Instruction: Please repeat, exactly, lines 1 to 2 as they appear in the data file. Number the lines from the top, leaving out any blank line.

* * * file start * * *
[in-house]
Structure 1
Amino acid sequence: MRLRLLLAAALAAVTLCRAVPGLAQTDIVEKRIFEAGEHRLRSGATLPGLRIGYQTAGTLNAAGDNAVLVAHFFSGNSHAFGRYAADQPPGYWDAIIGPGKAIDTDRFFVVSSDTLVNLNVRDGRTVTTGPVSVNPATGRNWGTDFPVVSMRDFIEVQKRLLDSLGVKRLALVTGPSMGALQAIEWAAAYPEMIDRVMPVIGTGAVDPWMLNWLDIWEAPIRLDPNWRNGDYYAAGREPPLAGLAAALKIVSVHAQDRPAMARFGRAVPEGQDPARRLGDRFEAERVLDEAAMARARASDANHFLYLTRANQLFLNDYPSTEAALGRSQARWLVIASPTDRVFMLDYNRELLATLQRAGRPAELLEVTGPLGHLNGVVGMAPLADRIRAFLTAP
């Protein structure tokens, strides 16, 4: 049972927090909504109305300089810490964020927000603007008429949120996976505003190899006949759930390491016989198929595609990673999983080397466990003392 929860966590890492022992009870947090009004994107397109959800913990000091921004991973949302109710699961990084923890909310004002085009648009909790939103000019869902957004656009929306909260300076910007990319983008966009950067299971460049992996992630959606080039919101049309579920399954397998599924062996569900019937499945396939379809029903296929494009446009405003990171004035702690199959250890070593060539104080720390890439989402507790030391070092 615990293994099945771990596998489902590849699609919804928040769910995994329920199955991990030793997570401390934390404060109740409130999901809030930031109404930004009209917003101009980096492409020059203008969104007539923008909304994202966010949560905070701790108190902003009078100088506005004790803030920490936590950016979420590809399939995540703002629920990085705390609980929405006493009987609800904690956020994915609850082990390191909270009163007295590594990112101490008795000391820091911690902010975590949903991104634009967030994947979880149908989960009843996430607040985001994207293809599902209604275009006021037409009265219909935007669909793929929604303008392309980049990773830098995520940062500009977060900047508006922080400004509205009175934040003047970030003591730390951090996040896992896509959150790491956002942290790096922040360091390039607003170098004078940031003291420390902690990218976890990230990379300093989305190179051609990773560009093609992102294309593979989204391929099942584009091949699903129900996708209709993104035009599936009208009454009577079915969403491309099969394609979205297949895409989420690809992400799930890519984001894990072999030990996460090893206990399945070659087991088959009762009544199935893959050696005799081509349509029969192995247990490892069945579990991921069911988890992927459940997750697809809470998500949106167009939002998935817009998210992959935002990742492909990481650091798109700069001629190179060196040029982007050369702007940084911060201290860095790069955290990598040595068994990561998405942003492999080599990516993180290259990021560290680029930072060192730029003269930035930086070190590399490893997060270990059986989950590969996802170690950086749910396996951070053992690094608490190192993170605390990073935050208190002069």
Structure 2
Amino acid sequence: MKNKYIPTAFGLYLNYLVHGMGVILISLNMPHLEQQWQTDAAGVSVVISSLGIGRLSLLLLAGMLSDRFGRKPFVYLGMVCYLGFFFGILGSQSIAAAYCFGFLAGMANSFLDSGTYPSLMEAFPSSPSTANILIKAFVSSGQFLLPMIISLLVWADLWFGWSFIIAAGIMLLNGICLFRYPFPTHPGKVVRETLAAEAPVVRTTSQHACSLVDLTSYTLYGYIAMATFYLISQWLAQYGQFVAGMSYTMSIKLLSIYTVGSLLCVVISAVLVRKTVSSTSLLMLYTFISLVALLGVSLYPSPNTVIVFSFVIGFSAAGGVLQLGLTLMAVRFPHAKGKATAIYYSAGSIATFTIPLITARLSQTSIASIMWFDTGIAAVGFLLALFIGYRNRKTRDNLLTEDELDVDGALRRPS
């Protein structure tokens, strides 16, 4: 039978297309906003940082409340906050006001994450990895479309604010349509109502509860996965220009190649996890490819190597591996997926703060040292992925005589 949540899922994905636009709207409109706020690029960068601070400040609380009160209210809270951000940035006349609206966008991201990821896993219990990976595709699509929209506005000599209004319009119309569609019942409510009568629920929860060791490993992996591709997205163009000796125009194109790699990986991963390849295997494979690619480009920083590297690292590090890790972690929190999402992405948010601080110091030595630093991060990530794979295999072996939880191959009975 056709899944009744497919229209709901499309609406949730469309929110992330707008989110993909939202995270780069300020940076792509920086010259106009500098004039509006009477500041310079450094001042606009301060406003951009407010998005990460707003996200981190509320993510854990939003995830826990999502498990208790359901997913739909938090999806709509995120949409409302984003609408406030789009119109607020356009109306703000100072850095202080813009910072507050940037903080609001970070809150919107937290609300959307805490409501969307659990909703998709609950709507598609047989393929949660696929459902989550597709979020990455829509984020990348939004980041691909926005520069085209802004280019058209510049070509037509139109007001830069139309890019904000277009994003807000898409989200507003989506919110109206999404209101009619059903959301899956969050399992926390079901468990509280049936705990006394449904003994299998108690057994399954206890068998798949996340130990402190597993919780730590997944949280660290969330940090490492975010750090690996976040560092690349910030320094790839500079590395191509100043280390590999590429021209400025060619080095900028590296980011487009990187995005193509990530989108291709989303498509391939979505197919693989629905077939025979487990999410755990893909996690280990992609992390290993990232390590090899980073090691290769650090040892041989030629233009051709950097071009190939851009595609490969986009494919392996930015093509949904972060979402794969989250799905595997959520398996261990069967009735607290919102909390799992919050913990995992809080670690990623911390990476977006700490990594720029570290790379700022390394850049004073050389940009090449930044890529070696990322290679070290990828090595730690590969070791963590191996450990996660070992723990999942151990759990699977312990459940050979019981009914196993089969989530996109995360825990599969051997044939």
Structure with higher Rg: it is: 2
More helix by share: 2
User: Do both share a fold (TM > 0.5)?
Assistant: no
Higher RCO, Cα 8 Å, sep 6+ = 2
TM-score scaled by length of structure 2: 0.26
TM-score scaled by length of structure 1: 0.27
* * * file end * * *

[in-house]
Structure 1